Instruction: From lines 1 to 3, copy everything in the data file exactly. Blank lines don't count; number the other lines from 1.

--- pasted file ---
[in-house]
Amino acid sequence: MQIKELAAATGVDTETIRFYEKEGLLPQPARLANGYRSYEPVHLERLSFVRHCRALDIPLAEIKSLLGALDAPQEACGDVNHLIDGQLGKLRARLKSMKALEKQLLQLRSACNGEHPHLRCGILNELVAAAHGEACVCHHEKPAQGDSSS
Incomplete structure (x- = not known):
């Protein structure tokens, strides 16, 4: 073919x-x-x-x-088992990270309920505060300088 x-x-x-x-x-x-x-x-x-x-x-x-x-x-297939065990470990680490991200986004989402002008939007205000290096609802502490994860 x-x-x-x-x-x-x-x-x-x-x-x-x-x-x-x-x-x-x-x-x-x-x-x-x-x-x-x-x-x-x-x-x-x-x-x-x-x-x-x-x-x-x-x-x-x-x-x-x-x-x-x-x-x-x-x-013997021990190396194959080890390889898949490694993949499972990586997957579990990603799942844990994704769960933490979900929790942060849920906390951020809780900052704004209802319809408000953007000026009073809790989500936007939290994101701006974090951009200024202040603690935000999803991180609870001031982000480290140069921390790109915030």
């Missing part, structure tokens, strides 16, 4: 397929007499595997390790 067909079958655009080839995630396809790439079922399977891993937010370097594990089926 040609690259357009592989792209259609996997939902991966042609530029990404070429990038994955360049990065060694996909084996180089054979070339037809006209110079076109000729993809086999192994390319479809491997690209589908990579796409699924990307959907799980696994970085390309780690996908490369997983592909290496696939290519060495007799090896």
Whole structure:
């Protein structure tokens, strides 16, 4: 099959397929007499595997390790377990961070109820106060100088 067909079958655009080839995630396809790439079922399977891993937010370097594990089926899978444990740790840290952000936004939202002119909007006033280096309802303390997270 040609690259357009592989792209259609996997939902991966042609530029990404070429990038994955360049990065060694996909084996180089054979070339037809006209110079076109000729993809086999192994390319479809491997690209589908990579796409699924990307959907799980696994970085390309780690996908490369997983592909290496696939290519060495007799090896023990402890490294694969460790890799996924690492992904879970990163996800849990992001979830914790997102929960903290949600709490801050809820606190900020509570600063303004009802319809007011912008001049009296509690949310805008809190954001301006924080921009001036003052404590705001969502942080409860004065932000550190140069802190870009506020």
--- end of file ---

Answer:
[in-house]
Amino acid sequence: MQIKELAAATGVDTETIRFYEKEGLLPQPARLANGYRSYEPVHLERLSFVRHCRALDIPLAEIKSLLGALDAPQEACGDVNHLIDGQLGKLRARLKSMKALEKQLLQLRSACNGEHPHLRCGILNELVAAAHGEACVCHHEKPAQGDSSS
Incomplete structure (x- = not known):